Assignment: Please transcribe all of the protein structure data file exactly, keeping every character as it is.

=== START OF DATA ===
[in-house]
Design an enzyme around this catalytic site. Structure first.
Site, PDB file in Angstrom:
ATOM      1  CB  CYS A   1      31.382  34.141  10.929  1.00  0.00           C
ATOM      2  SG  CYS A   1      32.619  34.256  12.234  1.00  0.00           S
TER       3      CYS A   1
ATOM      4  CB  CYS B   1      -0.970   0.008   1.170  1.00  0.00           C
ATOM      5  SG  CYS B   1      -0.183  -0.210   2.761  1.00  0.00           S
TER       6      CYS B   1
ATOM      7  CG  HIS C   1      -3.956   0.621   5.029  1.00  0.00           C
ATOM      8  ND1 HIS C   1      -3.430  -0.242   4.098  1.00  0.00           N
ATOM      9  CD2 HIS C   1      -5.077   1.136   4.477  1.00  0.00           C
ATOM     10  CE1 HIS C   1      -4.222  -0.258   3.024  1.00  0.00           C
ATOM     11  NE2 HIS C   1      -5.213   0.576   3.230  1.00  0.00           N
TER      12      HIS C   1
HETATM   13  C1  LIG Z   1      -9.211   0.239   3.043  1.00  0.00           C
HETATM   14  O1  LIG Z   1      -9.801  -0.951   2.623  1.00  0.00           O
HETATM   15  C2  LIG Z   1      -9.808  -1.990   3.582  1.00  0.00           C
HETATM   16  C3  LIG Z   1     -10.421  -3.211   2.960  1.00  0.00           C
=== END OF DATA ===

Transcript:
[in-house]
Design an enzyme around this catalytic site. Structure first.
Site, PDB file in Angstrom:
ATOM      1  CB  CYS A   1      31.382  34.141  10.929  1.00  0.00           C
ATOM      2  SG  CYS A   1      32.619  34.256  12.234  1.00  0.00           S
TER       3      CYS A   1
ATOM      4  CB  CYS B   1      -0.970   0.008   1.170  1.00  0.00           C
ATOM      5  SG  CYS B   1      -0.183  -0.210   2.761  1.00  0.00           S
TER       6      CYS B   1
ATOM      7  CG  HIS C   1      -3.956   0.621   5.029  1.00  0.00           C
ATOM      8  ND1 HIS C   1      -3.430  -0.242   4.098  1.00  0.00           N
ATOM      9  CD2 HIS C   1      -5.077   1.136   4.477  1.00  0.00           C
ATOM     10  CE1 HIS C   1      -4.222  -0.258   3.024  1.00  0.00           C
ATOM     11  NE2 HIS C   1      -5.213   0.576   3.230  1.00  0.00           N
TER      12      HIS C   1
HETATM   13  C1  LIG Z   1      -9.211   0.239   3.043  1.00  0.00           C
HETATM   14  O1  LIG Z   1      -9.801  -0.951   2.623  1.00  0.00           O
HETATM   15  C2  LIG Z   1      -9.808  -1.990   3.582  1.00  0.00           C
HETATM   16  C3  LIG Z   1     -10.421  -3.211   2.960  1.00  0.00           C